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And another family member is diagnosed....

Dawn50
Posts: 115
Joined: Sep 2011

I have been on the lung cancer board for the past couple of years as my husband was diagnosed with non small cell lung caner. He continues his fight. His sister was then diagnosed with leukemia and passed nine months later, my brother's wife was diagnosed with small cell lung cancer and passed nine months later, and now, a week after my sister in laws funeral, my mom has been diagnosed with lymphoma. She hasn't been given any specifics beyond that. She will see an oncologist on the 12th. This world is maddening, cancer is evil!

My mom's cancer was discovered in her bladder and the urologist removed what he could without puncturing the wall of the bladder - he did not think he was able to get it all. From what I read bladder cancers in and of themselves are very rare. Having a bladder cancer as a primary is even more rare. This information would indicate the bladder tumor is a secondary site; which in turn would indicate she is a stage iii or iv? I know, I should wait until she talks to the oncologist but he is the same person who has been treating my husband, his sister, my sister in law - I know he won't tell her every thing unless she asks a zillion questions and she won't ask because she is an ostrich!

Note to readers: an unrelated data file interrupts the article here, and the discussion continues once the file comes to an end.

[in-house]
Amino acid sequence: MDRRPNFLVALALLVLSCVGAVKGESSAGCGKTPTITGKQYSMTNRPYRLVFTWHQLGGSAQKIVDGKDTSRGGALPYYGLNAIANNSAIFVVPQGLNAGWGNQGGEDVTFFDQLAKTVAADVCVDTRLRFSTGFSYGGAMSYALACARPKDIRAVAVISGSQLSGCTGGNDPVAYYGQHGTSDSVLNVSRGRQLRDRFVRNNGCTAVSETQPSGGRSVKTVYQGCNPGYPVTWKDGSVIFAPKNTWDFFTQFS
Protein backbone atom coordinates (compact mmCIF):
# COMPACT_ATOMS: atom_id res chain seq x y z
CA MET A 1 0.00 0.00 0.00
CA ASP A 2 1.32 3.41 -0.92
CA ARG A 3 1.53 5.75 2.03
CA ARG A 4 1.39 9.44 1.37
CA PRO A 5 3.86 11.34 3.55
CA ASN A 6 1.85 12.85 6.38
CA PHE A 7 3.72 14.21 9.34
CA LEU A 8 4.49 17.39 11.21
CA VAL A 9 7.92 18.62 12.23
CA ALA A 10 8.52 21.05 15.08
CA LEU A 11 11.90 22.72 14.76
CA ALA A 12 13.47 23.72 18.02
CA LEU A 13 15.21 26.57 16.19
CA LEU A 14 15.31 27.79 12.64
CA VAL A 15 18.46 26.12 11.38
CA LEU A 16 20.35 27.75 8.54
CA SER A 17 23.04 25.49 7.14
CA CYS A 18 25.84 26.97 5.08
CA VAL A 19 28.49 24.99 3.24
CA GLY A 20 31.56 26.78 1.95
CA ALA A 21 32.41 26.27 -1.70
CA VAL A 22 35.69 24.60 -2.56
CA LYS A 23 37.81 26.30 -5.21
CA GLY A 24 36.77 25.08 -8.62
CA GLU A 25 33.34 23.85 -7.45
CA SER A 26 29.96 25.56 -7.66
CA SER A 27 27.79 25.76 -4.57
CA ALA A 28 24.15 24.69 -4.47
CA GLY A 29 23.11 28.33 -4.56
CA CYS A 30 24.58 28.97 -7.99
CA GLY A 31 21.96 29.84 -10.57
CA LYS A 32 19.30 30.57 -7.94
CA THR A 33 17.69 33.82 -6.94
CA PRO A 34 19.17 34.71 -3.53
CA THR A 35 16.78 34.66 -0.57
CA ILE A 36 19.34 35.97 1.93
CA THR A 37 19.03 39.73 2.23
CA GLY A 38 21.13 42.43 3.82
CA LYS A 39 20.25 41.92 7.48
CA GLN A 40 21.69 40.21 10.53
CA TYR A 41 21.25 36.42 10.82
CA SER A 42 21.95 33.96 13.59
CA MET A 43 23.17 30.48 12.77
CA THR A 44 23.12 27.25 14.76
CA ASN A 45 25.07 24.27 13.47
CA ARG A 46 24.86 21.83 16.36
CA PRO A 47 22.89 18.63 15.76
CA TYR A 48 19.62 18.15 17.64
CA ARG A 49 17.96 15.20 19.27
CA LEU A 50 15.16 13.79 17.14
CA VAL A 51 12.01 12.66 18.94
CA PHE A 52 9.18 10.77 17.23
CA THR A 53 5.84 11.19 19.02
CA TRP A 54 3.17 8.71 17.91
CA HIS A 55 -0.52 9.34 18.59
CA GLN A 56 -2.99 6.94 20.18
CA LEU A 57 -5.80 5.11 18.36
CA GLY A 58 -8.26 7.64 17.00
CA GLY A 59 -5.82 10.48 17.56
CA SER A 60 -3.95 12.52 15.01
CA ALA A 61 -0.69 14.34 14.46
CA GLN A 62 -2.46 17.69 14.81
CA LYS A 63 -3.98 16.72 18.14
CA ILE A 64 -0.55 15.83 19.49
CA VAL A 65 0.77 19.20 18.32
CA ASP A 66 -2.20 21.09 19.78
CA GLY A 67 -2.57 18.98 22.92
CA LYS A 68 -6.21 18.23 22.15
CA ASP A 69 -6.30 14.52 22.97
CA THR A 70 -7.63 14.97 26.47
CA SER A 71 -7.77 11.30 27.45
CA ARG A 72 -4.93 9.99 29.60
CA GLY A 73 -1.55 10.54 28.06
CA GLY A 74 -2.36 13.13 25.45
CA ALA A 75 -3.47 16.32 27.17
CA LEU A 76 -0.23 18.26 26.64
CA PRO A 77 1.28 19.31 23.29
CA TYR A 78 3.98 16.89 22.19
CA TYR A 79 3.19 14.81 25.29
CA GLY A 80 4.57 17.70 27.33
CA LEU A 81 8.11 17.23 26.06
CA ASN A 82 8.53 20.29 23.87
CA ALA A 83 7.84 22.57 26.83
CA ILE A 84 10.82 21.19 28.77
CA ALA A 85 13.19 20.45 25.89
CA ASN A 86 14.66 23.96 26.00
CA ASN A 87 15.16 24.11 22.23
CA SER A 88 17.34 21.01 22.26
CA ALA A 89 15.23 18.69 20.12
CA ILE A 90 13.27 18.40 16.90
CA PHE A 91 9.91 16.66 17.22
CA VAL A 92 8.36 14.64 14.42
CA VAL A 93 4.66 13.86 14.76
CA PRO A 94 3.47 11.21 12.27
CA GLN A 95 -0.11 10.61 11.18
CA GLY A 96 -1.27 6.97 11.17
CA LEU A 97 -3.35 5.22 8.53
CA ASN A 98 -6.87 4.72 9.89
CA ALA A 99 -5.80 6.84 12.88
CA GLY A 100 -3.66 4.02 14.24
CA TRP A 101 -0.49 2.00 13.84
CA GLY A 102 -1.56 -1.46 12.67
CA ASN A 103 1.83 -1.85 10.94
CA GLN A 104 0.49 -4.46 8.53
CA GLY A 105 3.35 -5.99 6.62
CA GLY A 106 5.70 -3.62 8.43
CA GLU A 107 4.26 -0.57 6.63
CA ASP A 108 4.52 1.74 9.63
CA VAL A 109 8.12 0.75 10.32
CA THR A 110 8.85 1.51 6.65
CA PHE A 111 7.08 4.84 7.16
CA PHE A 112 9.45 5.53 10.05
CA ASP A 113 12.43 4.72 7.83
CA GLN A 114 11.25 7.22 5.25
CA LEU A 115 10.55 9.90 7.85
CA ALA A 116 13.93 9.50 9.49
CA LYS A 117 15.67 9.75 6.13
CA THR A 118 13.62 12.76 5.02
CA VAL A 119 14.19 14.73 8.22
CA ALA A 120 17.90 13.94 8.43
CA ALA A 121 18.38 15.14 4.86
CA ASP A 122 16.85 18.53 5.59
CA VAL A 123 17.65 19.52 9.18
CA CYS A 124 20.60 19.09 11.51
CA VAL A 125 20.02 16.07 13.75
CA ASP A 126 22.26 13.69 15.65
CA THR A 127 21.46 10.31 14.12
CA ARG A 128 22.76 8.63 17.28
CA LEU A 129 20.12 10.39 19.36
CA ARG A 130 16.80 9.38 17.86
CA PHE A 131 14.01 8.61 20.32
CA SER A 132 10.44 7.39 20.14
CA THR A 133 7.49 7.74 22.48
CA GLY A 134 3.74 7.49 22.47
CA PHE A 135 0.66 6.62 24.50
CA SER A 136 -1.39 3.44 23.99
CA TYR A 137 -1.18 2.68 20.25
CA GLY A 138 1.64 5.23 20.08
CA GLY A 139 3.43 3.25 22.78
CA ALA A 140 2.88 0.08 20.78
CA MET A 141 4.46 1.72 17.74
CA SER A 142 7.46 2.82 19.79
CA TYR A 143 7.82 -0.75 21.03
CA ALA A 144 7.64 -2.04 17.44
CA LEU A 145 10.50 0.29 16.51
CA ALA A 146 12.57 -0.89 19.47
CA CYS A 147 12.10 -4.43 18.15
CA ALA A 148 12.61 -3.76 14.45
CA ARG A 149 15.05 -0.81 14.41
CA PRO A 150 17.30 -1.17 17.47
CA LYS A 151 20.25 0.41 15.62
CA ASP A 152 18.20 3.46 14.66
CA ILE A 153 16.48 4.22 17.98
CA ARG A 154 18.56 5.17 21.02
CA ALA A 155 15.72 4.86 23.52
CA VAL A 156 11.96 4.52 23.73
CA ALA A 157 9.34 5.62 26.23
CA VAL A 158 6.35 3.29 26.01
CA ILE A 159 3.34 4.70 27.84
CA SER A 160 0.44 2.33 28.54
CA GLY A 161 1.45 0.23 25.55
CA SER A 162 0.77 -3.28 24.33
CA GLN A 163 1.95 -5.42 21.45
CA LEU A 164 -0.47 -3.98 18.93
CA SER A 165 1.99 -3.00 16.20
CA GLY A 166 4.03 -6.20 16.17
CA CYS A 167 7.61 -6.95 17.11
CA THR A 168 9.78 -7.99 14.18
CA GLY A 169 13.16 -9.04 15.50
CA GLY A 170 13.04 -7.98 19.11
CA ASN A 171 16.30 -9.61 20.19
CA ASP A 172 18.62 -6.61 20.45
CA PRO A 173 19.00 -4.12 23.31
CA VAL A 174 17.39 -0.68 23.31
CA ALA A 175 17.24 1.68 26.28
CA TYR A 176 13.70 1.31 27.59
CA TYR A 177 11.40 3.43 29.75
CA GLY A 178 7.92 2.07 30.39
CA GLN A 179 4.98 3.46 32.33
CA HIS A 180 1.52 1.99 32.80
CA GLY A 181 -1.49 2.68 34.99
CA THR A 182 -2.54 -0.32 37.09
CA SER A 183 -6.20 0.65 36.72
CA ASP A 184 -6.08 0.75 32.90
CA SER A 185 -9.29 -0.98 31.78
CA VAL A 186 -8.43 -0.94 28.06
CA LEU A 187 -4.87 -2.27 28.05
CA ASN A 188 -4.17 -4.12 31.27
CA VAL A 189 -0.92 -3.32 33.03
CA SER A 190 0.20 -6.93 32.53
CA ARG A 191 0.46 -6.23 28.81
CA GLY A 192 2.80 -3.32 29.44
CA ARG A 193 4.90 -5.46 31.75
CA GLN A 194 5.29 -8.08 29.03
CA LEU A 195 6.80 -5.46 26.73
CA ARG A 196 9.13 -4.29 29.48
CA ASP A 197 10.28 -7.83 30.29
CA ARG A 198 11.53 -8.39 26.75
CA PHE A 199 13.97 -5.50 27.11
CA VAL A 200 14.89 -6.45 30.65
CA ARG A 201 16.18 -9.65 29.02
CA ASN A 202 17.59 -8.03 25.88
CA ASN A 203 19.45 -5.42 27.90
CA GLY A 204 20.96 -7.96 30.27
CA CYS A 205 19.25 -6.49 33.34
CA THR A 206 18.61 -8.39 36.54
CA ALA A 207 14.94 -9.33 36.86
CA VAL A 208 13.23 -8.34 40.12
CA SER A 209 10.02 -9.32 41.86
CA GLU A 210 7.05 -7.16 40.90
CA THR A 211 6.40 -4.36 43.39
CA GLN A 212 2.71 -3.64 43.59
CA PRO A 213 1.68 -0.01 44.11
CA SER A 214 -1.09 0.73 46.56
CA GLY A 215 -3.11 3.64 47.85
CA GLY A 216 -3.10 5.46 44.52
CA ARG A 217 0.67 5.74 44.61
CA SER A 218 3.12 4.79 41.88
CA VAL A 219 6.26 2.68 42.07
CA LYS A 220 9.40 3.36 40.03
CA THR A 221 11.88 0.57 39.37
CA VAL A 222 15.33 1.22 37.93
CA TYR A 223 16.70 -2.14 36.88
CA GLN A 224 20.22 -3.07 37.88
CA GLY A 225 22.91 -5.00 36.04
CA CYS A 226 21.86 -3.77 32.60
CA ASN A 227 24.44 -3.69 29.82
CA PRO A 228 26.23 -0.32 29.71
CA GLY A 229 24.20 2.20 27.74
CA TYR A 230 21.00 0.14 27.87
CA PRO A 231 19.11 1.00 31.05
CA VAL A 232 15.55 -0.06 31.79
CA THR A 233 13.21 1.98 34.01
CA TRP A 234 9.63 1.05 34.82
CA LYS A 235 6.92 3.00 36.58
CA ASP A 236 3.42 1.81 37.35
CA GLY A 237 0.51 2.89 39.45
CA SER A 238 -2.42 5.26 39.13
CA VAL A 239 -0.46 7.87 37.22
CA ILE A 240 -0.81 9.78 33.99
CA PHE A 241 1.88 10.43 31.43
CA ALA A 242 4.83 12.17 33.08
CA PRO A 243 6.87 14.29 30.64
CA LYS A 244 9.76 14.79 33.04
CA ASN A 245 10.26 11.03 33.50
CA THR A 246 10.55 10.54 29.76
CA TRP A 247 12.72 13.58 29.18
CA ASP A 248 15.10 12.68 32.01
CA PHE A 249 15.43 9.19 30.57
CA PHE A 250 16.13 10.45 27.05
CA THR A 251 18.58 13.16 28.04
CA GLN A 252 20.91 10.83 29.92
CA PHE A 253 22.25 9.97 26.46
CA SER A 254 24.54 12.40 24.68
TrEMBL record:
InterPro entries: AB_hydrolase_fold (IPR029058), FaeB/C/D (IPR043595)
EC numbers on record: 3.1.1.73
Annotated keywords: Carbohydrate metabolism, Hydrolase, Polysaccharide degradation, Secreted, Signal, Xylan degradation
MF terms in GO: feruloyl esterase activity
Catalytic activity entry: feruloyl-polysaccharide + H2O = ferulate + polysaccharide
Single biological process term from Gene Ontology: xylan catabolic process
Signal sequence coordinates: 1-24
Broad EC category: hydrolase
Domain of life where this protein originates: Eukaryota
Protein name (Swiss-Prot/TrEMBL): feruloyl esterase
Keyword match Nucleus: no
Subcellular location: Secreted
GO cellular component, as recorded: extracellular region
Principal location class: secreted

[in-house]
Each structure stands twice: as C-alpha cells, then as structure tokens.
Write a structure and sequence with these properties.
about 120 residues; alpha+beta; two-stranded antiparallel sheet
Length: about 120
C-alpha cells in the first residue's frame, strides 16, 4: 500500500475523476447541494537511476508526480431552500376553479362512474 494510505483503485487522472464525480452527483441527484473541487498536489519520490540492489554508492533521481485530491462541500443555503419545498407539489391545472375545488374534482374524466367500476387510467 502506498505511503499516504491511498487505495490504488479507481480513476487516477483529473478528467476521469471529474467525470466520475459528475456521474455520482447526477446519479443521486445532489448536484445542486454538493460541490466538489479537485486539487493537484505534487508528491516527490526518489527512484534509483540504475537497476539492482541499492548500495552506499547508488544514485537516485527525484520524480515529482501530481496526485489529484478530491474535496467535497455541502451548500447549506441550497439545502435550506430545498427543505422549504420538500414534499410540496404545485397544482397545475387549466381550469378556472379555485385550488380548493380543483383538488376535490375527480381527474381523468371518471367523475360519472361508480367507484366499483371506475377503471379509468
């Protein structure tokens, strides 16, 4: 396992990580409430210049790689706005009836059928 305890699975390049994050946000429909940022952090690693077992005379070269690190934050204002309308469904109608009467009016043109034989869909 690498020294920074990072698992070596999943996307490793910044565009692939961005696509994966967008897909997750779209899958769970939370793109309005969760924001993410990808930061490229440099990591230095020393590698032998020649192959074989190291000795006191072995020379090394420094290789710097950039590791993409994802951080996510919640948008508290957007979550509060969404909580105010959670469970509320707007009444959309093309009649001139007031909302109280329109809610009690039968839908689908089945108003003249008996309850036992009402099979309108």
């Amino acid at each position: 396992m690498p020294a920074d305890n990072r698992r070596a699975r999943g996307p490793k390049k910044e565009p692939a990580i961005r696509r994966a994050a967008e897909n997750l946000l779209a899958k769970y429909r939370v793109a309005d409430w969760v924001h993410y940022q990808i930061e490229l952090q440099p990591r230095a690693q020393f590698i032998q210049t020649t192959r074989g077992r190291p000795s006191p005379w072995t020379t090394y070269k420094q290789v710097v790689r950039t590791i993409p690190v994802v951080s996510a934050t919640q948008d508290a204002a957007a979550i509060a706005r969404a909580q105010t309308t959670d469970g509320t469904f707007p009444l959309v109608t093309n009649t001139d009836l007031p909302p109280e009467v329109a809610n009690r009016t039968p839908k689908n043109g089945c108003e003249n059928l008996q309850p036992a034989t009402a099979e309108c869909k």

I hate cancer!

Rocquie's picture
Rocquie
Posts: 478
Joined: Mar 2013

. . .to another cancer board, Dawn. I'm sorry to hear about so many of your family members being sick with cancer.

If you already know that the Family Oncologist won't tell your Mother everything she needs to know, maybe you could encourage her to seek out another doctor? My doctor is a Hematologist/Oncologist. And since lymphoma is a blood cancer, maybe you could suggest to your Mom that she may get better care with a more specialized doctor? Will you get to go with her? I hope so. If she is an ostrich, someone needs to go with her because she probably won't hear everything she needs to know.

Lymphoma is very treatable and the staging is not the same as for other cancers. Try not to be scared. I am in remission and so are quite a few others here on this board.

Good luck to you and your Mom on the 12th.